by ACAC Sports Writer Curtis J. Phillips
Standing 6-foot-5, Isaac Amsing may be the tallest cross-country runner lacing up the sneakers in Alberta Colleges Athletic Conference (ACAC).
His stride has found him clocking times of between 31:45 and 37:04 for the eight-kilometre distance where he usually finds himself in the bottom half of the pack, placing anywhere from 26th-to-35th.
But it is in the area measured at 94-by-50 feet (28.7 by 15.2 m) that he thrives as a star player for the St. Mary's University Lightning men's basketball team.
At the halfway mark of the 2018-2019 ACAC men's basketball regular season, he currently leads the Calgary school in rebounds per game at 7.6 and field goal percentage at 50%, while he is second in scoring at 13.6 points per game and steals at 1.4 per game.
It is rare that Amsing ever gets lost on the hardwood with 10 players making cuts, running plays, picks and rolls at full speed.
Ten is a common number for Amsing as he is from a family of 10 with five brothers and four sisters.
"Growing up in that atmosphere, we had to work a lot harder," recalls Amsing, the second youngest. "My dad (a former police officer/police chaplain) had to feed a lot of mouths. When he was working as a police officer he also had a landscaping business on the side, so all of us at one time or another, worked at landscaping...working hard to help out. We were all brought up to work as hard as we can."
An all-around athlete at St. Timothy High School in Cochrane, Alberta, Amsing said sibling three-on-three basketball matches were common place on the concrete pad their dad had built on the home's three acres in Bragg Creek, Alberta.
It is there that he perfected his moves.
Moves that would lead him to score an incredible 77 points in one high school match.
"It was in Grade 11 against a high school in Chestermere (Alberta). I had a lot of layups and foul shots. I think we lost by one point though, so it was a little bit anticlimactic."
He would finish his high school hoop career playing for Mount Baker High School Wild in Cranbrook. British Columbia.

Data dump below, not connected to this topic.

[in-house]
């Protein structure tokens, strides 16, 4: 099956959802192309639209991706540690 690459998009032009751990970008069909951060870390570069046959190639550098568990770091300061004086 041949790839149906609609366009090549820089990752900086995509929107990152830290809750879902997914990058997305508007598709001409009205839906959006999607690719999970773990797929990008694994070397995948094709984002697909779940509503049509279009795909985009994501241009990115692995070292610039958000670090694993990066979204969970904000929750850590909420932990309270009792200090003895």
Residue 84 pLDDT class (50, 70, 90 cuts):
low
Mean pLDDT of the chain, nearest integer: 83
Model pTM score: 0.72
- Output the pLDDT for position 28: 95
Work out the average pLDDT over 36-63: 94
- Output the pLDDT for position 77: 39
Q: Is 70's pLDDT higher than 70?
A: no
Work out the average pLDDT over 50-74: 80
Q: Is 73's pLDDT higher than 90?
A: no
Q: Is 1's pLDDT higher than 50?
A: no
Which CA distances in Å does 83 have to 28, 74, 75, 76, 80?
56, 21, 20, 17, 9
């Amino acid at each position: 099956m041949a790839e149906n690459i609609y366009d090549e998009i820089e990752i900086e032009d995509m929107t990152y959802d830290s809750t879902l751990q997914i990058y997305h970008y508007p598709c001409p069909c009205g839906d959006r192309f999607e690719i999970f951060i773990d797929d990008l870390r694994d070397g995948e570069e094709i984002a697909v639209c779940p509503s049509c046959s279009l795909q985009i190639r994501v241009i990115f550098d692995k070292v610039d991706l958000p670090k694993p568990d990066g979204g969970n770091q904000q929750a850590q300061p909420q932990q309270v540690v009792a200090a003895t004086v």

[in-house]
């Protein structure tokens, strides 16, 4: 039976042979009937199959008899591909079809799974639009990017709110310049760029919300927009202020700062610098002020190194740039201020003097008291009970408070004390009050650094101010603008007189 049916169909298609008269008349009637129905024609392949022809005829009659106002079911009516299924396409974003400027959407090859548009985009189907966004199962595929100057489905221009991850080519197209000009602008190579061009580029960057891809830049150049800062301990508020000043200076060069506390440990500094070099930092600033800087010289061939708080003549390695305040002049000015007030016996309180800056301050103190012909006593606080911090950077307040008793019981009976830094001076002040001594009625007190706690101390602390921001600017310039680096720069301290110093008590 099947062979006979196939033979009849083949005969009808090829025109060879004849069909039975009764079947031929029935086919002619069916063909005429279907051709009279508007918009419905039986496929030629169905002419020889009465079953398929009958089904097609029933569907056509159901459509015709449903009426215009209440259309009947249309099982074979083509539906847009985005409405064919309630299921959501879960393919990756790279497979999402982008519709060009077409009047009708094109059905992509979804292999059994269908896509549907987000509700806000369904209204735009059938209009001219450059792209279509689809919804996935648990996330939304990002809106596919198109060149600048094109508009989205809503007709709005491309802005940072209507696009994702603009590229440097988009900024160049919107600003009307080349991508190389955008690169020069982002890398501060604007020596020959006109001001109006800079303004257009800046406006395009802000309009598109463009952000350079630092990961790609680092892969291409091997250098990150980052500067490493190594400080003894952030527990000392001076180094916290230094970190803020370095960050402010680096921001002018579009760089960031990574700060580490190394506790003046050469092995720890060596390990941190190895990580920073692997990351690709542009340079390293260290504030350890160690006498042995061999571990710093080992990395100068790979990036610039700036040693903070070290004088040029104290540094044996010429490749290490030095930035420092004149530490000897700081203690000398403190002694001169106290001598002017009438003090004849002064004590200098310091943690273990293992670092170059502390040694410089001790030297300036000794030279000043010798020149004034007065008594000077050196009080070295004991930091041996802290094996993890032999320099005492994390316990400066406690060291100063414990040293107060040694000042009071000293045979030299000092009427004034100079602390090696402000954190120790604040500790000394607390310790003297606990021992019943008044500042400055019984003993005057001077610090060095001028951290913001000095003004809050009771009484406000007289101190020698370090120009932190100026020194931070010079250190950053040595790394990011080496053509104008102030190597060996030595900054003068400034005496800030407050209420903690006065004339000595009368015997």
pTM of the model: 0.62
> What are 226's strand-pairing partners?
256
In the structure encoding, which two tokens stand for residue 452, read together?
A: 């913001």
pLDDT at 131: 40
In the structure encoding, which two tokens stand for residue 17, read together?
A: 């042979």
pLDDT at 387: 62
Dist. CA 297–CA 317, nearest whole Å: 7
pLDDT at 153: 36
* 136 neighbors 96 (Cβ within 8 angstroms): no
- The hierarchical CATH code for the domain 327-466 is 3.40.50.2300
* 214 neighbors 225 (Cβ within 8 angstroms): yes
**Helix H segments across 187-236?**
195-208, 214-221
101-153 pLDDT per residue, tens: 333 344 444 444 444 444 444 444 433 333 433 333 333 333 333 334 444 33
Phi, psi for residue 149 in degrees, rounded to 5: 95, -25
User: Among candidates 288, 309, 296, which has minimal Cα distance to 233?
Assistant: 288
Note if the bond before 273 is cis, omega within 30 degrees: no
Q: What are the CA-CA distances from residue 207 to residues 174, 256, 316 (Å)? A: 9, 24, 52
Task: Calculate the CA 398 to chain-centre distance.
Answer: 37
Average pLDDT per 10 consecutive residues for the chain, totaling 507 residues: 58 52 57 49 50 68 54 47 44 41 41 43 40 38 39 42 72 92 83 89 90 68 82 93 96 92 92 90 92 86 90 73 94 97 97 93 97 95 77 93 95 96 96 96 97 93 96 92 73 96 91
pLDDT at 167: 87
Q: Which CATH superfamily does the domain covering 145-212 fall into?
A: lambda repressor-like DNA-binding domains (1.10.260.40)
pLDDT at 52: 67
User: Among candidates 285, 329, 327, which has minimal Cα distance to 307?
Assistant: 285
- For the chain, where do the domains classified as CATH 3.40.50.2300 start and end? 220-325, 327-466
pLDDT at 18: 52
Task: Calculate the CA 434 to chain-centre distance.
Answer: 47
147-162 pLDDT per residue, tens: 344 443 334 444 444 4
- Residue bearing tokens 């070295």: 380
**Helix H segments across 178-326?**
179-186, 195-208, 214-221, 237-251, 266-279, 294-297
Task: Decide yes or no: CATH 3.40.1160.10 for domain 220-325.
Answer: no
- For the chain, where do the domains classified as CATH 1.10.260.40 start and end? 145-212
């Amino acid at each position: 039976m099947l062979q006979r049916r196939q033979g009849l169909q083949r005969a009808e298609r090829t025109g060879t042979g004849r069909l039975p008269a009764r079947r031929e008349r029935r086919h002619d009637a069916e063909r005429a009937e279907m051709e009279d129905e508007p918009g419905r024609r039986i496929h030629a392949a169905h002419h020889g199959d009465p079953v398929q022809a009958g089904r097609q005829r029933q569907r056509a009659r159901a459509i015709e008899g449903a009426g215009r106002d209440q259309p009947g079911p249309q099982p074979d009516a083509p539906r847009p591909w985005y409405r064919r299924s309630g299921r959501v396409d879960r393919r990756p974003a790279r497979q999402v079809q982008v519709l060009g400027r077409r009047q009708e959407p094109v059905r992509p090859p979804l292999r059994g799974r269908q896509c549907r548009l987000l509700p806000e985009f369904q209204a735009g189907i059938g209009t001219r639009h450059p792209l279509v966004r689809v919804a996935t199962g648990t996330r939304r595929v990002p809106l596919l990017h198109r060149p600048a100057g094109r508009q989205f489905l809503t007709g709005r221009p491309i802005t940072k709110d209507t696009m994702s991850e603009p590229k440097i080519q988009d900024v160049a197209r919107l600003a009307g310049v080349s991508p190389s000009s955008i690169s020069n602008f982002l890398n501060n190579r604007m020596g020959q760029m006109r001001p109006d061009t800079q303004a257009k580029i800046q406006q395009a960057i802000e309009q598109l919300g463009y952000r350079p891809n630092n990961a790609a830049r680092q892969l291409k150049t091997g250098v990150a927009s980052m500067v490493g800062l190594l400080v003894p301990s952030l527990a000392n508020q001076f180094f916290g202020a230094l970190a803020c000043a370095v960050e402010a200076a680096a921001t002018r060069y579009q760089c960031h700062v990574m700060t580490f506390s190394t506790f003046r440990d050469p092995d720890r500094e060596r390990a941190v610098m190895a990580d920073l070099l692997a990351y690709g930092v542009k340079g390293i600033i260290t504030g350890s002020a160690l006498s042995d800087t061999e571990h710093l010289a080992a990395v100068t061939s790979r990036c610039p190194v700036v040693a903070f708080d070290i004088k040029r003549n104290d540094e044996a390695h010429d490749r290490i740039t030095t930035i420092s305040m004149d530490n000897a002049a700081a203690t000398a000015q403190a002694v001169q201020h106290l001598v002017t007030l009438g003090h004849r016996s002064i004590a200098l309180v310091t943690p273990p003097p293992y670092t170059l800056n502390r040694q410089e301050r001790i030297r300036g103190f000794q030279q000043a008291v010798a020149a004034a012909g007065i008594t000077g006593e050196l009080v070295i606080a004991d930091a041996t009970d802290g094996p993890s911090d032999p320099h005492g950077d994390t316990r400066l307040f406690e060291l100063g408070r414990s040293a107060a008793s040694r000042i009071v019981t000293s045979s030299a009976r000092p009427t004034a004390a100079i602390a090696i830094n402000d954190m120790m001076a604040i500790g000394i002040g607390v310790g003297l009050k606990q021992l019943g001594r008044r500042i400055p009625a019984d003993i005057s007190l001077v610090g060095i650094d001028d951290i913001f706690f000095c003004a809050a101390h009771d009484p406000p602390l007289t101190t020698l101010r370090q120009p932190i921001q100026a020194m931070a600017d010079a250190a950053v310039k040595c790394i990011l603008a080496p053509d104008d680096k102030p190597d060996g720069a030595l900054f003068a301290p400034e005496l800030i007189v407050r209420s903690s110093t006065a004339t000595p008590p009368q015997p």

Following high school graduation, he tried out for the University of Calgary Dinos but was unable to make the cut but was fortunate to find a jersey waiting for him across town at St. Mary's University.
The fledging Lightning men's basketball program had joined the ACAC hoop ranks in 2012-2013.
In his rookie season (2016-2017) Amsing would pay his dues by averaging only 2.6 points per game.
"It was definitely a change from high school. It was way more competitive and harder to score. I came out of high school averaging 35 points per game and then to the ACAC where it took me a while to adapt."
Last year Amsing, enrolled in Biology-Science, doubled his scoring output along with improvement across the statistical charts.
Wearing No. 14, "because that is the age when I started playing basketball," Amsing added that growing up in a large family has helped him adjust to the life of a student/athlete.
"For the most part, with a big family you had to get along even though there were shenanigans sometimes. With my basketball teammates, spending time around these guys every day, it is also like a large family and I have already been in that situation."
Amsing said following graduation, "if I am still enjoying basketball, I might try to go pro...who knows. Probably overseas somewhere. Maybe in the Philippines. My old club coach was talking about starting a team there."